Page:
Have you joined the studio tri-Ace faithful and picked up the latest entry in the beloved Star Ocean series of JRPGs? Excellent. Star Ocean: The Divine Force, like many of its genre contemporaries, boasts an impressive amount of gameplay depth — enough to make newcomers feel like a stranded captain stuck on an alien world.
Hey, that's all right. Whether you're a curious first-time Star Ocean player or a franchise-long veteran of Japanese role-playing games' closest thing to Star Trek, we've collected this batch of tips to help you on your way through Aster 4. Go boldly, space heroes.
Swap Characters When Healing Mid-Fight
One of the first things Star Ocean: The Divine Force drills into your mind is the usefulness of the stop button. Pressing it mid-battle halts the flow of time, allowing you to pay closer attention to your surroundings. More importantly, it's helpful when in need of a heal. You can access your inventory to do so even while the action's happening, but why do that when you can relax and pick your potions?
The thing is, you'll often (if not always) be better off attacking with the character you're directly controlling. As the player, you're better at understanding when and where to strike, and what to strike with, than your (relatively competent) AI companions. It's a good idea, then, to select another character to use the item while you're on the stop screen. This lets you continue chaining combos and smacking the blazes out of your enemies whilst topping off health during prolonged battles.
As a bonus, it's worth noting that you can map items to your combo chain inputs. It's probably a bad idea to include a Blueberry Potion as the second stage of a full-on assault, but the hold buttons are perfect for this approach.
Don't Obsess Over Blindsiding
Another early tutorial is all about blindsiding. By zooming toward a foe via D.U.M.A., and then curving your angle at the last second, you "blindside" them, increasing your damage output and momentarily decreasing their own. It's great. It's also a hassle sometimes, and it's okay to skip it sometimes.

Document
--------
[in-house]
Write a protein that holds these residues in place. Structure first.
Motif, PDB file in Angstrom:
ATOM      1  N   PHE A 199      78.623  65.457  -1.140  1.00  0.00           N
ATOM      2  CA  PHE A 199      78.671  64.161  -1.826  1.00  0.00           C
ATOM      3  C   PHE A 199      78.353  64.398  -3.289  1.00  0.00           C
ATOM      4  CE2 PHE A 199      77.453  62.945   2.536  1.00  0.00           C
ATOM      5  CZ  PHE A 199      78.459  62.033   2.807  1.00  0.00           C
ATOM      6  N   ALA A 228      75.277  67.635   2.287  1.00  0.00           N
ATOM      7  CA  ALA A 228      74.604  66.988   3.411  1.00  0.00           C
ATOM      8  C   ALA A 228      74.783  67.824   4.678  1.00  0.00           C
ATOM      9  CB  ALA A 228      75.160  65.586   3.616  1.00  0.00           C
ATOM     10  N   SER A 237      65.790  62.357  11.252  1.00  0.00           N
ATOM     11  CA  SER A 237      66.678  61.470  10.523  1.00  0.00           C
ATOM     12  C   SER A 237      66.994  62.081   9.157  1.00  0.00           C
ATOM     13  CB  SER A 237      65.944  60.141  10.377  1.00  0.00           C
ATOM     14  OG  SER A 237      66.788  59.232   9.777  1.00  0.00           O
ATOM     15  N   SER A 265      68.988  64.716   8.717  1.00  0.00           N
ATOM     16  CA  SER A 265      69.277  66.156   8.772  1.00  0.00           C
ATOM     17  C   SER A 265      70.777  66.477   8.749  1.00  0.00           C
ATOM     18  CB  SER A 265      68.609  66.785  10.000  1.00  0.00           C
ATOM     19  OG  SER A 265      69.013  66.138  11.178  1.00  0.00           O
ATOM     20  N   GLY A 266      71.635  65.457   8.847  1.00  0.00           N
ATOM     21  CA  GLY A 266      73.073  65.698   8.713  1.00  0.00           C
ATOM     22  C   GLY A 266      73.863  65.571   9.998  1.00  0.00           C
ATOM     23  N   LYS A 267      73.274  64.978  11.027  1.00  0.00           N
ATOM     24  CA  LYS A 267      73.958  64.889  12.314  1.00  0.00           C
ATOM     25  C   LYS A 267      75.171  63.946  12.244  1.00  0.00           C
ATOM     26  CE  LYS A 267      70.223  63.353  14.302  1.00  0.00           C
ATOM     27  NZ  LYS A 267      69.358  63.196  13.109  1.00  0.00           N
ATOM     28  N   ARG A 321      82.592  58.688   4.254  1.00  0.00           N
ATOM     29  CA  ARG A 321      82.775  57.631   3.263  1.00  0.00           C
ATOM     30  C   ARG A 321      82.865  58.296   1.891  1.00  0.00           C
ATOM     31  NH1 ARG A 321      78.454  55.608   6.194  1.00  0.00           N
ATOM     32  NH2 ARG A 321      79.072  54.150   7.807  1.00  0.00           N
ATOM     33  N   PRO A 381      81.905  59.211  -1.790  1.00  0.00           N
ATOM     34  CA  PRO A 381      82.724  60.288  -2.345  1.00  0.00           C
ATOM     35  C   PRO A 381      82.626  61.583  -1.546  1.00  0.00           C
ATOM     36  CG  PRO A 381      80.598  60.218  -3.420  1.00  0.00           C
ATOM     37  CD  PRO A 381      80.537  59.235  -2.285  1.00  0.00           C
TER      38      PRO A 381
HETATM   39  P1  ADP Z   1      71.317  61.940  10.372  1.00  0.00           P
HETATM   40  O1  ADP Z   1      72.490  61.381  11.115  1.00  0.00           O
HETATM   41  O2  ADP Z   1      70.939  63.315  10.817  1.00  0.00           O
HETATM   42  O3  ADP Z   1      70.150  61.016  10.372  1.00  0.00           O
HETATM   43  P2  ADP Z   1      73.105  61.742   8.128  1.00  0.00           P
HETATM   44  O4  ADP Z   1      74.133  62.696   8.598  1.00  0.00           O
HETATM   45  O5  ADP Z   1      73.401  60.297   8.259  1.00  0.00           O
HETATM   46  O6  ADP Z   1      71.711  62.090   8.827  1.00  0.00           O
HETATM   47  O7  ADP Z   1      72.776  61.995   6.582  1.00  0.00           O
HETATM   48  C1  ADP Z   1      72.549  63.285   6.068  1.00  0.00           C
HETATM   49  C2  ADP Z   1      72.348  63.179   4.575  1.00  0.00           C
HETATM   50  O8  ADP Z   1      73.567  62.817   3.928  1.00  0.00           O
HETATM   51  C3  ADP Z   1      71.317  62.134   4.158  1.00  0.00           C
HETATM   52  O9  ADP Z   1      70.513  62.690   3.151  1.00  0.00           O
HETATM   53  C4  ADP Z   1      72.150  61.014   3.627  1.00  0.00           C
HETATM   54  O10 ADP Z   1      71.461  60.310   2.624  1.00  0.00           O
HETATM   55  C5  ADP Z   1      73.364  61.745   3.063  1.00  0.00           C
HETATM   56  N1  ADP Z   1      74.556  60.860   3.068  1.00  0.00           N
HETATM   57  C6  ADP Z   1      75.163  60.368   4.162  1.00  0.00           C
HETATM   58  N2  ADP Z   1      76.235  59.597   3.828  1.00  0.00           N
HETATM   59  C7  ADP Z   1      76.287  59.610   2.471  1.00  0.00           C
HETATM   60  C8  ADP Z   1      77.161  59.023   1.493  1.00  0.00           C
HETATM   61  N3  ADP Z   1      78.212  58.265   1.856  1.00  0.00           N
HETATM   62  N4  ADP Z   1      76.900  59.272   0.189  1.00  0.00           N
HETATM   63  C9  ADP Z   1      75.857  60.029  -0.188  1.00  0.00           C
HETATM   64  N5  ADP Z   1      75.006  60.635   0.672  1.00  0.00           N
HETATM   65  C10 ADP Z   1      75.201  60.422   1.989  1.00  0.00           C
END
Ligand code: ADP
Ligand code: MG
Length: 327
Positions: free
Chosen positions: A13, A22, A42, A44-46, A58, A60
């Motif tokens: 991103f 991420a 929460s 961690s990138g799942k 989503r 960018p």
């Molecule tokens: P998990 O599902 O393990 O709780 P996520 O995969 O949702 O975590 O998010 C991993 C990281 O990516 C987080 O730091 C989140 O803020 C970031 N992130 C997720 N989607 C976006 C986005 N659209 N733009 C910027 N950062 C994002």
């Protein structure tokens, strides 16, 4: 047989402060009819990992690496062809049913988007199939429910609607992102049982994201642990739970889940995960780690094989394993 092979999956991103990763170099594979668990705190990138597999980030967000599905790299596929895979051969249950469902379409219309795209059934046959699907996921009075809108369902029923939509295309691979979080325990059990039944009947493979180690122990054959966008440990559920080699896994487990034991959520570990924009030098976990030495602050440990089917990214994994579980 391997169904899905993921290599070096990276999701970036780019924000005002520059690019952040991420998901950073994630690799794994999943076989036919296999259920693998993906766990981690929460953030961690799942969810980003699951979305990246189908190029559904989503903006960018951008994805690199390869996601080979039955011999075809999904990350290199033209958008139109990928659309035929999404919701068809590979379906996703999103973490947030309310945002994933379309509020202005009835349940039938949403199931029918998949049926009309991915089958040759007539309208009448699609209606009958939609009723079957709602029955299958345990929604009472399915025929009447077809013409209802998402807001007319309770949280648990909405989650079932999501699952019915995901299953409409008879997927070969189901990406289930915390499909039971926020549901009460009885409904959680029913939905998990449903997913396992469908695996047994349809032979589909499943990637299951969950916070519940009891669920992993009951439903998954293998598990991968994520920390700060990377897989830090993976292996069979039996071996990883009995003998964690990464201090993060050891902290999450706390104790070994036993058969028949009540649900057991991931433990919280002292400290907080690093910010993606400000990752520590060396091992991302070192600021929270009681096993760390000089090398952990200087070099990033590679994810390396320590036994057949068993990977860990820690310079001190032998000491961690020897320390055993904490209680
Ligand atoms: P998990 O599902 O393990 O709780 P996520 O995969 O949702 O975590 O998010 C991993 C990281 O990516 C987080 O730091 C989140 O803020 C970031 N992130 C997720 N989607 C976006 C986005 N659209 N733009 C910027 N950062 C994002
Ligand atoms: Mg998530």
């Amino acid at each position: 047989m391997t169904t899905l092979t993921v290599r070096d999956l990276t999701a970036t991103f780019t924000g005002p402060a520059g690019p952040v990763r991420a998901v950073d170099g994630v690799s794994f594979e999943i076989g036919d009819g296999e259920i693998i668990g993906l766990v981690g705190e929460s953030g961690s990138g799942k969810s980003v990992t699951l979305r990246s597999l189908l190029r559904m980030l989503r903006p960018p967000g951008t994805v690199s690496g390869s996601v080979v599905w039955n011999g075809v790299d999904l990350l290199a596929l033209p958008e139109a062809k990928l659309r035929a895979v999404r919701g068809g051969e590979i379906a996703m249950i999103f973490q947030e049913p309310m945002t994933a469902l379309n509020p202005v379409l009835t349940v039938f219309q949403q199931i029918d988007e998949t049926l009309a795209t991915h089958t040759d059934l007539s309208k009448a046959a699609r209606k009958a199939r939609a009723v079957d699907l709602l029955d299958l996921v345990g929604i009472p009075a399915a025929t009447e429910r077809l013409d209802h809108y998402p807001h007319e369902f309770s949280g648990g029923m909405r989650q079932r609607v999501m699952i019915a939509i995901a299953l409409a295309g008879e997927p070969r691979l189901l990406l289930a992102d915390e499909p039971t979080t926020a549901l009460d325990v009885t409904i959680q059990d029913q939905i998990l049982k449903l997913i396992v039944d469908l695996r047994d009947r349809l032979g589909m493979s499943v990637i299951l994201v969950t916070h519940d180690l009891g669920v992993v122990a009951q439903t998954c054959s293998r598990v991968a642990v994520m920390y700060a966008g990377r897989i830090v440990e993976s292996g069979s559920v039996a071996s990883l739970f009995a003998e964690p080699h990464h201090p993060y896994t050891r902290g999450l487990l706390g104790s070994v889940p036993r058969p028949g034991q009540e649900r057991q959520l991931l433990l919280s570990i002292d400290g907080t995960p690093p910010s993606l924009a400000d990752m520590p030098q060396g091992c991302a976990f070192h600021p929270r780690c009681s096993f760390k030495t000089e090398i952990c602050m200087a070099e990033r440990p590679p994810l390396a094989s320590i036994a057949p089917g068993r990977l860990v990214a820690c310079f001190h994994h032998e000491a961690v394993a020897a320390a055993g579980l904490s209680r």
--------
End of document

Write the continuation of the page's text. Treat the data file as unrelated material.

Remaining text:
Most regular fights, for example, won't really require so much from you on Earth and Galaxy difficulty settings. You may feel more pressured to perfect blindsiding on Universe, the highest level of challenge in Star Ocean: The Divine Force. But if the battle is particularly chaotic, or you're in an enclosed space, or you just plain don't feel like bothering, it's typically fine to press forward all the way instead. Just do your best during boss fights, since they're more involved affairs.
Extend Your Reach To The Stars Above
Raymond, Laeticia, and Albaird are all equally fascinated by D.U.M.A.'s ability to provide a serious uptick in speed, both during battles and amidst exploration. One aspect of this excellent mechanic that, pardon our pun, flies somewhat under the radar is verticality.
As the game goes on, you're going to notice an increasing array of locations that are either far above you or floating like miniature islands in the sky. D.U.M.A. is your vehicle for such areas, and they often feature rich rewards. At minimum, you'll likely locate more points to strengthen your robot buddy.
Speaking of which, extend D.U.M.A.'s sensor range ASAP. In fact, consider maxing it out entirely before investing much elsewhere. Being able to pinpoint treasure chests is a major boon in this game, as they're often rather cleverly hidden otherwise.
The game never really tells you this, but once a treasure chest pops up on D.U.M.A.'s sensor range, it shows up as an icon on your map. Be sure to check its spot before wasting time running in circles doing it manually.
Turn On The Conversation Log
Ideally, tri-Ace and Square Enix will have patched this problem by the time you play the game, but as it stands (and potentially forever), Star Ocean: The Divine Force has a notable issue with the volume of NPCs in settlements. Their ambient dialogue is muffled out to the point of near-nonexistence. Sometimes, this isn't the case; but for the most part, it absolutely is.
The foolproof way to figure out what they're all on about, thus enriching the atmosphere, is to go into your settings and enable conversation logs, which are off by default. This will post everyone's conversations on the left side of your screen for a moment whenever they trigger. Just be prepared for a hilarious number of repeating NPCs; for some reason, Aster 4 seems to have an unspoken issue with cloning…